While this might sound like a good idea on the surface, one only needs to remember that Washington State voters passed I-502, which makes it illegal to drive with more than 5 nanograms.
Rep. Goodman tried to introduce a DUI bill a few years back that would have implemented an 8 nanogram limit, but quickly withdrew it after heated debate and lack of science behind proving impairment.
This was the big issue that surrounded the 502 debate, with patients and other activists warning that the standards were not appropriate for a state that allows for the medical use of cannabis, especially when most patients would test well over that limit just from their regular use.
In an interview with Fox news, Goodman stated he has heard about the concerns “as to how reliable this 5 nanogram is. There is not much science behind it so I’m expecting challenges in the future.
Ending with over 300,000 valid signatures from Washington State residents, Initiative 522 has officially qualified for the general election ballot in November (unless legislators vote to pass it during the current legislative session).
If passed, the measure would establish mandatory labeling of foods produced through genetic engineering. It would set up legal, monetary penalties for companies who don’t abide by the new requirements.
The initiate is being spearheaded by Chris McManus, the Campaign Manager for Label It WA (the sponsor of the measure), and his wife Leah.
Prior to working on this initiative, Chris and Leah were county coordinators for the non-profit political committee Sensible Washington, working towards a repeal of cannabis prohibition. The duality between the movement to force labeling of GMOs (genetically modified organisms), and the movement to reform our cannabis policies, is clear. As cannabis inevitably becomes legal across the nation, and as big corporations try and sink their teeth into the new industry, changing society’s mindset (and laws) as it regards to genetically modified ingredients is vital.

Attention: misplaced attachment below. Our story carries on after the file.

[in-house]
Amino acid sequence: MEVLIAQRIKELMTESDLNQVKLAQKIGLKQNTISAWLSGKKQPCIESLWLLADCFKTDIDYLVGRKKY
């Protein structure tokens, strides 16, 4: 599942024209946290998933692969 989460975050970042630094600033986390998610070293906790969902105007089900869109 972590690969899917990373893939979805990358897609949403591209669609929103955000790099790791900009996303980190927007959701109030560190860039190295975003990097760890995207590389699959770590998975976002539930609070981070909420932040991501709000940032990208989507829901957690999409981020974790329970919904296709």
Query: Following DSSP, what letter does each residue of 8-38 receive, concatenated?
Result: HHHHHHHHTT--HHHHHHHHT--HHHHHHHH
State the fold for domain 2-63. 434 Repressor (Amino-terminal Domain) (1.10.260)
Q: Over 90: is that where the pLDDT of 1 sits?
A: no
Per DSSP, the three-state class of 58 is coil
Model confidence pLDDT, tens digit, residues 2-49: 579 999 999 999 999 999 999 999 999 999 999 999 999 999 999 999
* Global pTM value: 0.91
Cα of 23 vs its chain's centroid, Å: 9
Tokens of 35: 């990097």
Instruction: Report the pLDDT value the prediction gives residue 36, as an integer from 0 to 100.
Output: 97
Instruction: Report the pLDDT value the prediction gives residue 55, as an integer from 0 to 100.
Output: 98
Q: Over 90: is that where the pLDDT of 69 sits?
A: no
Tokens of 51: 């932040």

We here at TheJointBlog may not share the same opinion as everyone else, but when it comes to legal cannabis we would much prefer the option of knowing if the cannabis we’re buying contains GMOs, and if given the choice, we’d rather buy some without.
Initiative 522 is a major step in giving us that option.
According to a new poll administered by the respected Reason Foundation, 72% of Americans believe that the federal government should not arrest people who use cannabis in states that have voted to legalize it, such as Colorado and Washington. On top of this, 68% feel that the federal government should leave growers alone in these states, and 64% oppose the feds going after those who are selling legally under state law.
The poll, which asked a plethora of questions, most unrelated to cannabis reform, found that 53% believe that cannabis should be treated the same as alcohol.
The poll surveyed 1,000 adults, and has a 3.8% margin of error.
California’s Harborside Health Center, featured on Discovery Channel’s Weed Wars and boasted as the largest medical cannabis safe access point in the country, has release a Dr. Seuss inspired video, titled The Haag.
The video, which was sent out in a press release, uses Dr. Seuss style animation and rhyming to summarize the current travesty of our medical cannabis policies, as well as the attacks on Harborside’s clinic, which has faced continual attempts to be shut down. The title is in reference to U.S. Attorney Melinda Haag, who has been one of the guiding forces in attempting to close the dispensary.
“We could’ve made a documentary that showed how stressed out and worried we are, how petrified our families are, not to mention our employees…Being in the cross-hairs of the feds is scary as hell. But one of the powerful lessons that cannabis has to teach us, one of the healing properties of the plant, is the sense of humor that it brings out in us–the childlike quality that should be a part of our adult lives and is often lost in our modern and hectic world. Cannabis can help restore this and that is the spirit in which ‘The Haag’ was made”, said Dr. Andrew DeAngelo, Director of Harborside, in the press release.